think about it - their strategy right now is about defunding or muting those progressive voices.

Stockholm

Boom Boom wrote:

And the Muskrat Falls thing - has Mulcair thrown the Innu under the bus?  I need to know, because I live in the middle of two large Innu communities here on the Quebec coast, and my NDP MP is Innu.

Life anyone has "thrown the Innu under a bus" it's the current Tory MP for Labrador Peter Penashue who is leader of the Innu and won his seat largely thanks to almost unanimous support from the Innu community!

Boom Boom Boom Boom's picture

Yeah, Stock, and I note Mulcair has taken a shot at him. But two wrongs don't make a right. Where in any of these two articles on Muskrat Falls does Mulcair make any mention of negotiating with the Innu? Maybe I need new glasses, my eyesight isn't what it was.

ps: I've already raised this with my MP, but I'm keeping our conversation private.

KenS

Unless I'm mistaken BB, everyone- even the governments of Canada and NL- acknowledges that negotiations with the Innu have to be completed before the project could proceed.

The Innu would understandably not be happy that their negotiations do not come first, but that does not mean they are being ignore. Even less that, thee steam roller will proceed without them.

Even with[if] land claims settled.... there are a LOT of issues with Muskrat Falls, on which it cab fail. So it is no surprise that politicains- Mulcair included- address those. Most of them after all have nothing to do with aboriginal negotiations.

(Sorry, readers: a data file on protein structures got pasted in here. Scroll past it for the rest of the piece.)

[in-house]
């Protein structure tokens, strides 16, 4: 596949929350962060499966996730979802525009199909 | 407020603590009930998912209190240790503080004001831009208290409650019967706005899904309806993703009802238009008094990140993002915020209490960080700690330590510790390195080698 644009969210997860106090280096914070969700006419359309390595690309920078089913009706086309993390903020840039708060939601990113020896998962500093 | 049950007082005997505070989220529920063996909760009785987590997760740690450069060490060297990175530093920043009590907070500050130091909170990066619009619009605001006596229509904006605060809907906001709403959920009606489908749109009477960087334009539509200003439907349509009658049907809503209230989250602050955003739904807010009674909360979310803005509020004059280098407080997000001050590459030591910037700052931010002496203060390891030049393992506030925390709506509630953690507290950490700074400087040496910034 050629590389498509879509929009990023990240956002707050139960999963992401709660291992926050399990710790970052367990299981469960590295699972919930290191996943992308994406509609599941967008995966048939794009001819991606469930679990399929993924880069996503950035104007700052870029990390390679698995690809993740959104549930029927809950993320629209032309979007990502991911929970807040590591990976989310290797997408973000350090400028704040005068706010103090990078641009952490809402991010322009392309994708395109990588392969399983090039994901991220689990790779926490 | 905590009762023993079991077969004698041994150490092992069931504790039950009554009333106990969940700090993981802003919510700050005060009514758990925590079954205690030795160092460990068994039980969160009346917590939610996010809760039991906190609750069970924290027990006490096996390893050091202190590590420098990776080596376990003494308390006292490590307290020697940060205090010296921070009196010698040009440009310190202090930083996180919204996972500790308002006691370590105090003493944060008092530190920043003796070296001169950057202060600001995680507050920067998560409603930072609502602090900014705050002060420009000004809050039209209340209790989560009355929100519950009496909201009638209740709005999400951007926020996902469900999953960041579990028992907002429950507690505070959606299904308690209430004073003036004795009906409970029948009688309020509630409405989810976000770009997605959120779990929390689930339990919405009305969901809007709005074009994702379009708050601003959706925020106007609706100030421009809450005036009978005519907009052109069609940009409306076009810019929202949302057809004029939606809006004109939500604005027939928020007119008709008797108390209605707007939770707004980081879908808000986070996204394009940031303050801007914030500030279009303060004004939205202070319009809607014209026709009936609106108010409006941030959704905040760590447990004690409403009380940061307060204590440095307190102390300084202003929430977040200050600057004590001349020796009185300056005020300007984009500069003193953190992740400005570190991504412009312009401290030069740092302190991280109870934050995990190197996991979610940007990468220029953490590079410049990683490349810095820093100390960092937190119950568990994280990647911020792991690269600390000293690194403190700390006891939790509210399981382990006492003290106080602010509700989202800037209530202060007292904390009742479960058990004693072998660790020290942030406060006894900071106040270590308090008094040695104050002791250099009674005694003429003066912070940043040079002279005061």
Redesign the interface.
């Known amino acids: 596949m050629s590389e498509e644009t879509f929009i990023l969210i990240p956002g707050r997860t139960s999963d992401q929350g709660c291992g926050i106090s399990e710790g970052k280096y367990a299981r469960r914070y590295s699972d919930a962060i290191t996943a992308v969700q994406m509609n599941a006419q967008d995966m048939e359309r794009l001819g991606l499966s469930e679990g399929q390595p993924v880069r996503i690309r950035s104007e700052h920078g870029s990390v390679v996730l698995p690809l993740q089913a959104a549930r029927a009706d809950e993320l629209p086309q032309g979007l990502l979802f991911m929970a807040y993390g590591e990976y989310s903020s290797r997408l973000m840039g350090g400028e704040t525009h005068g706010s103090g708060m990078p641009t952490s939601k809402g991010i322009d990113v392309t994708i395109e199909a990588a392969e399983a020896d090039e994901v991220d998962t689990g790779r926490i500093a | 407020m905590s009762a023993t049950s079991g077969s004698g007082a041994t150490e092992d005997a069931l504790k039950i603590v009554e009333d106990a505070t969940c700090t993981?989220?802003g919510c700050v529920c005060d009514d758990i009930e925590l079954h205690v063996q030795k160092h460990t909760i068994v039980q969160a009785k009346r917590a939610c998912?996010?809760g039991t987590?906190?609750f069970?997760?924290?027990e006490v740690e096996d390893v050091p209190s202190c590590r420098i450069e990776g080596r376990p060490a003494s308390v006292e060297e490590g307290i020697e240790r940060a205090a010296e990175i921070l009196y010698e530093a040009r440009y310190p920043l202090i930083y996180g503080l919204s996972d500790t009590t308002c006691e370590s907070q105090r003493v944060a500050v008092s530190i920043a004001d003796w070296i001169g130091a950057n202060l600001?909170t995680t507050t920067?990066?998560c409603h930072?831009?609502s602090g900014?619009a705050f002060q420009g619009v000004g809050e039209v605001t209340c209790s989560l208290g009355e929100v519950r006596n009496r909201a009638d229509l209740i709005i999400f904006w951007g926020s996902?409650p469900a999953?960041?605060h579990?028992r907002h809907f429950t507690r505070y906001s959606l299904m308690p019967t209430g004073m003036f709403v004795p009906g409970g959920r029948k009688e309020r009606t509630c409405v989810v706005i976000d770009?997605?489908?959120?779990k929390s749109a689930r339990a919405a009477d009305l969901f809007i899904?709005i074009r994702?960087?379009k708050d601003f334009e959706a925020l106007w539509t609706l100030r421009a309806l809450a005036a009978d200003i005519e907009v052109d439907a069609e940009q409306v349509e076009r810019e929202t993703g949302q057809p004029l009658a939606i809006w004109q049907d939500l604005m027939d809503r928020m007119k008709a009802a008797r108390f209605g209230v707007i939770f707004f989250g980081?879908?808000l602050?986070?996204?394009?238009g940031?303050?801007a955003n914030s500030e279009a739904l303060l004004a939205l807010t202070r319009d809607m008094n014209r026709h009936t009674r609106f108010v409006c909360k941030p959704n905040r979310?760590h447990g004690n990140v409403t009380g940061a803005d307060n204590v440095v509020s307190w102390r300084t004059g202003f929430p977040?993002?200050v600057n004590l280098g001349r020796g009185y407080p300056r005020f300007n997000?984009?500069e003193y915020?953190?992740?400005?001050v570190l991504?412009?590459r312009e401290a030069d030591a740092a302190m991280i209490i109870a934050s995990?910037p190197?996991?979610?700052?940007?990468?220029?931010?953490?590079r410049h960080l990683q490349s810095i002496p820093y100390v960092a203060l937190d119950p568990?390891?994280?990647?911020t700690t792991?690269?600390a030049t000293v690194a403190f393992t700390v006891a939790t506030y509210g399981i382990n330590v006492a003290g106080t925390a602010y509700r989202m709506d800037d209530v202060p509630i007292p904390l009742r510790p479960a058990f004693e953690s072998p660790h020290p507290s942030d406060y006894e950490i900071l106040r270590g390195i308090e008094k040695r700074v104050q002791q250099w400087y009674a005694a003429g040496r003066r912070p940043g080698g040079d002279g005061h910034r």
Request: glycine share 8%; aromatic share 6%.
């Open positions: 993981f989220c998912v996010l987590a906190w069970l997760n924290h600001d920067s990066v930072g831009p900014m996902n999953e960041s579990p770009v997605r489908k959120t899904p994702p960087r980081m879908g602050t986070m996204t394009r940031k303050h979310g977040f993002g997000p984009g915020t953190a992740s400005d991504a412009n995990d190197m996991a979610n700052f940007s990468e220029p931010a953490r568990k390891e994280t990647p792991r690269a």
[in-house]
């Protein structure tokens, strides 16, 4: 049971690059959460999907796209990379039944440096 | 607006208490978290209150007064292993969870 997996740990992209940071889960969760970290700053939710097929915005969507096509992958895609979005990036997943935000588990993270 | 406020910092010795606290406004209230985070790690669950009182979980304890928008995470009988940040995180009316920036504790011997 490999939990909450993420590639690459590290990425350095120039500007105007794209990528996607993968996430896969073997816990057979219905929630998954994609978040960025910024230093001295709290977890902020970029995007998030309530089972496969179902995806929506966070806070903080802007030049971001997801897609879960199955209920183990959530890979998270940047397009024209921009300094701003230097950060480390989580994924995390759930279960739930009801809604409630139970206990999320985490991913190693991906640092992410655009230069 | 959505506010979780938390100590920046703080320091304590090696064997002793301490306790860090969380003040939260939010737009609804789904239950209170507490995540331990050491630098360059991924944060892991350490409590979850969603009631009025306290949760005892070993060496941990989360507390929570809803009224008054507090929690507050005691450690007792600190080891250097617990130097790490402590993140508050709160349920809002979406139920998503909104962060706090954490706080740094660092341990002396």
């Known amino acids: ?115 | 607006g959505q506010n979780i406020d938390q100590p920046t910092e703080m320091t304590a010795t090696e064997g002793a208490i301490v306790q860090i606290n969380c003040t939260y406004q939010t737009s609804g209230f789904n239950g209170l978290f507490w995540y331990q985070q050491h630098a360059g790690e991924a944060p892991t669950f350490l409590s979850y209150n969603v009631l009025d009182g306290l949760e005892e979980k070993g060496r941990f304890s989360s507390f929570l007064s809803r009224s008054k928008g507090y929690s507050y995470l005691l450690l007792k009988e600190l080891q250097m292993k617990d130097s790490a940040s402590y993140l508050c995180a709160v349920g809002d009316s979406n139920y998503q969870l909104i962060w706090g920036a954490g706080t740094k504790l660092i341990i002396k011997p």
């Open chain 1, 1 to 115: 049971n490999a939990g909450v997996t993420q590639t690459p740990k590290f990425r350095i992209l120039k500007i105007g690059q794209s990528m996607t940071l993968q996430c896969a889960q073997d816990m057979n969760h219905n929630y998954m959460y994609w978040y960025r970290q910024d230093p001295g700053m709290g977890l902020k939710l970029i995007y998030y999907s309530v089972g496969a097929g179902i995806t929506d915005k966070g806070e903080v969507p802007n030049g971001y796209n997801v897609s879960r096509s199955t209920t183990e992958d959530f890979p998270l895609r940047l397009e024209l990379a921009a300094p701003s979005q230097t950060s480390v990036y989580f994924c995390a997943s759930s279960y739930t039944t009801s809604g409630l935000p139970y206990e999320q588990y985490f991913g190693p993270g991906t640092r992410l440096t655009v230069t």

And you dont have to be secretive about what your MP says. You can make comments of your own without referring to or even implying they come in part from what he or she said.

Boom Boom Boom Boom's picture

finois wrote:

Mulcair and the caucus are going to make some decisions that some of us don't like.

I agree with all of the points you made, but the NDP is the party with a social and environmental conscience, and I don't see any reference by Mulcair to having had any discussions with the Innu in that article where he came out in full support of the Muskrat Falls project.

Maybe he did and it wasn't reported. I'm corresponding with my MP on this matter.

JeffWells

finois wrote:

Mulcair and the caucus are going to make some decisions that some of us don't like.

Moving to government puts the NDP in this position.

To downgrade our movement because some decisions are not 100% pure is unfair and unwise.

 

I take your point, but I think we should avoid words like "pure" here. I've seen it thrown in the faces of critics of Obama, as though they were lily-white, naive lambs who don't understand the real world, when their bottom line is not so much that the president do good as that he not make things worse.

It's a tired metaphor, but New Democrats understand mixing some water in with the wine. Most of us, though, won't take water and call it wine. I don't believe Mulcair is expecting that of us, but I think the membership needs to always keep a watch on the leadership's direction. And that's been the case for every leader.